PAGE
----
The smaller, weaker seedlings were put in a basket together.  Note that the basket has a layer of medium sized bark, sphagnum moss and then another layer of medium bark.

A year after they were planted the seedling have grown in various ways.  The strongest seedling started growing in the spring and eventually produced a seven inch cane.  But it didn't pause for the year, instead it initiated another cane, this cane topped out at eighteen inches, a near adult cane.  The two smaller seedlings have grown much slower, one is still quite small.   I never watered these plants, they got all their water from rainfall.  They were fertilized but only when they were growing, the fertilizer was one high in nitrogen.  The other plant, the one I left in the sphagnum moss, rotted away completely, during the start of the rainy season. At first the leaves turned black and then pseudobulbs  also turned black and collapsed.

Here is the largest plant with its nearly mature eighteen inch cane.  It is still too early to determine if this plant will bloom under my climate conditions but is is clear it can grow well in my garden,  I will not subject this plant to a rest period until it has at least two full sized mature canes.  The two smaller plants will be moved to a sunnier location since they now have an established root system.  Hopefully this will help them grow larger and stronger.  If the larger plant produces another large cane in 2014, it will be given a rest period of decreased watering and more sun exposure.  Whether this will be enough to make it bloom, remains to be seen.

These are the approximate values for rainfall in my location in Rio Abajo

                             J       F      M       A       M       J       J       A       S      O      N      D
Rainfall (mm)       99   76     84     165     283    155   141   216    237   233  176  135

(inches)                3.9   3.0    3.3    6.5    11.1    6.1    5.5   8.5      9.3    9.1   6.9   5.3

Tuesday, December 17, 2013

A different clone of Epi, Snow Fantasy x Encyclia alata

This clone has larger flowers

The first bloom flower of my plant.

In the Christmas meeting of the Orquidistas de Puerto Rico, I saw in bloom a clone of this orchid that is different from mine.  The flowers are larger, the segments elongated and it has a slight yellow tint.  The plant however was larger than mine, so it may be that my plant still has some growing to do before it can produce bigger flowers.

Wilsonara Aloha Sparks 'Ruby eyes'

Ancistrochilus rothschildianus O'Brien 1907, some cultural notes.

I have grew this species in my house in the forest in Rio Abajo, Puerto Rico.  Here are some notes on the way I cultured it.

Media: Bark, I used fine bark of the finest quality so it would not decay too fast

Potting: I grew it on a four inch deep plastic pot, excellent drainage is a must.

Fertilizing: High nitrogen fertilizer when it was producing new pseudobulbs, after the pseudobulb matured, no fertilizer was given until it started a new growth.

Light: Full morning sun until about 10 am, sunlight filtered through the tree canopy after midday, It gets this regime because it is what is available on the only spot that I had to put this plant.

Temperature: From 95F high during the day in summer to 60F during the night in winter. 

Watering:  Since it usually was growing during the rainy season, no additional water was given to it.  It was not watered at all during the dry season.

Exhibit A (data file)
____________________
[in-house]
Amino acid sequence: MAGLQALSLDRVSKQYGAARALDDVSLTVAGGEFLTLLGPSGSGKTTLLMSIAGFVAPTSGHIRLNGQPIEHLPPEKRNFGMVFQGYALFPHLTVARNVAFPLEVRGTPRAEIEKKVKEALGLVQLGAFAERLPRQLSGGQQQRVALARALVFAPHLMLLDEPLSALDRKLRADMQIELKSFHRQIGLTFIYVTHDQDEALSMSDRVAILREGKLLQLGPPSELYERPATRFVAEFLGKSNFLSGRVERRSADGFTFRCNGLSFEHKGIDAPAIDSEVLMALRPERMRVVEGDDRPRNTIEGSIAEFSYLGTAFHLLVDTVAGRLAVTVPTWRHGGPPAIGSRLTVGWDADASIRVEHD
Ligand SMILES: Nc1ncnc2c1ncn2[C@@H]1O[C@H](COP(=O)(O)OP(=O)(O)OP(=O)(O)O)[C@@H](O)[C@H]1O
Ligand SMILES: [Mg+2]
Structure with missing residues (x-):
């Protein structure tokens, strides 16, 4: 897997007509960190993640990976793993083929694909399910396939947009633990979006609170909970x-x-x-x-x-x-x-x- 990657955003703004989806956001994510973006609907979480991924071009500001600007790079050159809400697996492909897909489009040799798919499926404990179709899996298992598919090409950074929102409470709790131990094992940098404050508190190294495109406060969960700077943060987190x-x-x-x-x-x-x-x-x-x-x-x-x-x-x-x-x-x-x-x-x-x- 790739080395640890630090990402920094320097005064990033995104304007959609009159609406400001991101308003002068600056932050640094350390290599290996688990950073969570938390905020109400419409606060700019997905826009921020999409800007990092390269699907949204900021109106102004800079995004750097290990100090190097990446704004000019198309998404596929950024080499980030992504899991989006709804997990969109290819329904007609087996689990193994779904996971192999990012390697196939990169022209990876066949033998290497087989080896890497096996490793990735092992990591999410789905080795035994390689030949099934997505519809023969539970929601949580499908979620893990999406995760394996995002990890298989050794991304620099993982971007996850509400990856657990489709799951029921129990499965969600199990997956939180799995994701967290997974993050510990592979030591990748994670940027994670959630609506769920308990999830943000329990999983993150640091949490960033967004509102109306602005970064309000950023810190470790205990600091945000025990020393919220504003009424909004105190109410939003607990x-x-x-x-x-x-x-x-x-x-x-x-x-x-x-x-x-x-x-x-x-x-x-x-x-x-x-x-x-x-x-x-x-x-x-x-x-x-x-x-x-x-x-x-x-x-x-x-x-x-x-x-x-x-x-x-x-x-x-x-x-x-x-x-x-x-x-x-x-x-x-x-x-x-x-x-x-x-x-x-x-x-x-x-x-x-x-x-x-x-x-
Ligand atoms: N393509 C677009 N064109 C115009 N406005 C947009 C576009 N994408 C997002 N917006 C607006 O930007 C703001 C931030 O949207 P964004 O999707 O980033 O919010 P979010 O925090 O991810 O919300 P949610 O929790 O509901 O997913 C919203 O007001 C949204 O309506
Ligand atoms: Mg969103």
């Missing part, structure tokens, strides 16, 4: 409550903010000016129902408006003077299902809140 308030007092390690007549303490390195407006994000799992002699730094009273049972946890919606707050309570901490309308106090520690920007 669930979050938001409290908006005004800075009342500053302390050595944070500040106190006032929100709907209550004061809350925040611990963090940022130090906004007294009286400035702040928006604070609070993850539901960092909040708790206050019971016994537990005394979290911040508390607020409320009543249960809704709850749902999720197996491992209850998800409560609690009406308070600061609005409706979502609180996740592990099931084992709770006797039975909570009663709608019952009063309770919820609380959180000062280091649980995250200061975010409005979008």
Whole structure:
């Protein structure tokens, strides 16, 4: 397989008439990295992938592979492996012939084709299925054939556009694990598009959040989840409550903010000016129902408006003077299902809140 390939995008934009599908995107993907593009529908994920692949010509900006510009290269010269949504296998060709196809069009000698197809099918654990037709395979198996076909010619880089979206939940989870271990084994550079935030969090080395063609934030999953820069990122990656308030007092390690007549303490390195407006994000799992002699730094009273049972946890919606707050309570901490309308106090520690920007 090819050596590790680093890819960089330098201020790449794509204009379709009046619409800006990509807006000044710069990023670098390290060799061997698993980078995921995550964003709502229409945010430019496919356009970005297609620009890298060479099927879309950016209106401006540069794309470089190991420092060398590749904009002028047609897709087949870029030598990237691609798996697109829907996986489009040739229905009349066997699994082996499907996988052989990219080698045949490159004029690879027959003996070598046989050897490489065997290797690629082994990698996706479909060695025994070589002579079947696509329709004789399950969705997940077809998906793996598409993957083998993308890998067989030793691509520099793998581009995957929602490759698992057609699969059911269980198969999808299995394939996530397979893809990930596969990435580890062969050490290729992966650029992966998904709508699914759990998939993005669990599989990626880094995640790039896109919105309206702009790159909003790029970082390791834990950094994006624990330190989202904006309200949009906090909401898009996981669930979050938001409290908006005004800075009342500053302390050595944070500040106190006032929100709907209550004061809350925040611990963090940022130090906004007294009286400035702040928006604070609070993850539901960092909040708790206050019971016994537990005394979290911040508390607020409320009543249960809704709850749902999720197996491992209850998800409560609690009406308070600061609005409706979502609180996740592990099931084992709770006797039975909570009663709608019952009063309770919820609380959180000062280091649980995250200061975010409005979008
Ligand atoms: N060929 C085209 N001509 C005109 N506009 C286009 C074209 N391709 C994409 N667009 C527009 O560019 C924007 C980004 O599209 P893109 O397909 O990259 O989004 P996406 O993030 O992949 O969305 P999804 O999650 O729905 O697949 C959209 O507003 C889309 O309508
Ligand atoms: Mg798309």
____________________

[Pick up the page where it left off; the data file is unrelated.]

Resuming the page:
I never really repotted this plant in the traditional sense, I would carefully take it aout of the pot, shake the media that looked too decayed and then put the plant back in the same pot with as much fresh media to replace what had decayed.

My plant grew very well and eventually filled the pot where it was growing and started growing down the sides.  I lost this plant after a spell of extremely wet weather late in the year caused it to contract rot.

Monday, December 16, 2013

Brassolaeliocattleya Koa's Delight 'Sparky'

A cute "mini" Cattleya.  These plants are called "mini cattleya" because they are much smaller in plant and flower size than the "classical" Cattleya, the corsage orchid, which are larger.  You can grow several of these hybrids in the space that would take a single plant of a standard or classical Cattleya hybrid.

Sunday, December 15, 2013

Orchid hybrid, Miltassia Charles M, Fitch x Odontocidium Black Beauty

Photographed at the Christmass meeting of the Orquidistas de Puerto Rico group.  I found this plant interesting for its vivid colors and for the fact that no two of the lips of its flowers were patterned in exactly the same way.  The plant is the property of Fong Cing Li Objio.

Dendrobium Burana Jade

This Dendrobium is ubiquitous in places that sell orchids in the island of Puerto Rico.  I find the colors too muted for my taste, but some like the green color.  Photographed at the Christmas meeting of the Orquidistas de Puerto Rico group.

Dendrobium Tuang Pink x Dendrobium Burana Stripe

Normally I am not a fan of backswept petals in Dendrobiums, but the colors in this hybrid,  and their delightful definition, make up for this.  The flowers have a good size, something that is becoming incresingly rare in these times of shrinking orchids directed toward the home market.  Photographed at the Christmas meeting or the Orquidistas de Puerto Rico group.  It was on the raffle table.

Potinara Free Love "Sunburst'

A hybrid of the Cattleya group.  Photographed at the Christmas meeting of the Orquidistas de Puerto Rico.  Lovely colors.  The plant is owned by Edwin Alberto Perez of E. Orchids.

Bifrenaria aureo-fulva [Hooker] Lindley 1843, also known as Stenocoryne aureofulva [Hooker]Kraenzl

A small epiphytic orchid from southern Brazil. Photographed at the Christmass meeting of the Orquidistas de Puerto Rico group.  The plant is grown by Fong Cing Lee Objio of Planet Orchid.  I was charmed by the orange flowers.